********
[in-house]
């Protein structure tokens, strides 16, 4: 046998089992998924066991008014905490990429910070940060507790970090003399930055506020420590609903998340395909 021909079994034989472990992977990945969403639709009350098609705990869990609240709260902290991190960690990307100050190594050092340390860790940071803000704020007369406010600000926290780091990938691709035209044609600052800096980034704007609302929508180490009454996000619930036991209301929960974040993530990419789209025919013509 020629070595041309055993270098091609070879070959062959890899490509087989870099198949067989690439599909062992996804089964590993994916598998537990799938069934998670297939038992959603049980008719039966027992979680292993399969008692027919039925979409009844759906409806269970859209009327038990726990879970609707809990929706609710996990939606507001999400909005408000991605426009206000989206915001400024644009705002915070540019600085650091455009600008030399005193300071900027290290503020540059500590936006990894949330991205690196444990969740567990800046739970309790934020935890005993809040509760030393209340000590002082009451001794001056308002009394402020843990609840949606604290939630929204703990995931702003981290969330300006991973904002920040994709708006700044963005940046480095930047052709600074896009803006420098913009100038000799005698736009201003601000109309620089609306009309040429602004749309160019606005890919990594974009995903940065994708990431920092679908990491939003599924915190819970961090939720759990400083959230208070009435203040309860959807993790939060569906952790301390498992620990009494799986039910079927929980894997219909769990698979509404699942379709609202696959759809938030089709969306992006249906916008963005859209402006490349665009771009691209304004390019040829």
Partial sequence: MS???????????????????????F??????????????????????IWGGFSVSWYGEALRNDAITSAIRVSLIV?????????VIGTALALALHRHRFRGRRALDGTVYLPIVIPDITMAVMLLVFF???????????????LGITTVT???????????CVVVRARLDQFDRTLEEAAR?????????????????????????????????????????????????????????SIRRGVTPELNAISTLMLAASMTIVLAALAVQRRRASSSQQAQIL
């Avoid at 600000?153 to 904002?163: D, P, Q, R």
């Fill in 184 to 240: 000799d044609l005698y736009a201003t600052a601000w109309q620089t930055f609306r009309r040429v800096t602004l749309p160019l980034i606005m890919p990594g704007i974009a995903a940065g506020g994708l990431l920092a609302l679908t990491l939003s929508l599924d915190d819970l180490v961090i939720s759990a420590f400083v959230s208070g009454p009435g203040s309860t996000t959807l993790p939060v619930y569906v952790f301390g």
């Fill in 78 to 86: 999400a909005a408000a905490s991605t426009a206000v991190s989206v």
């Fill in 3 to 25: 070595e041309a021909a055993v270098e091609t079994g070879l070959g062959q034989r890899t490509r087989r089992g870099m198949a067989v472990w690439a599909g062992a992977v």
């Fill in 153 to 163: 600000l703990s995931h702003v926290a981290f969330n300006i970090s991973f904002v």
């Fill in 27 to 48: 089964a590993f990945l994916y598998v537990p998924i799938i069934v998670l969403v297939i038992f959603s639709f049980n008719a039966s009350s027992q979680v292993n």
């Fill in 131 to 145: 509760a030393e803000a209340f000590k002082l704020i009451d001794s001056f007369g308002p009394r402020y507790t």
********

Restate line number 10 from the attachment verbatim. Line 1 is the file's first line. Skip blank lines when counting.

């Fill in 131 to 145: 509760a030393e803000a209340f000590k002082l704020i009451d001794s001056f007369g308002p009394r402020y507790t």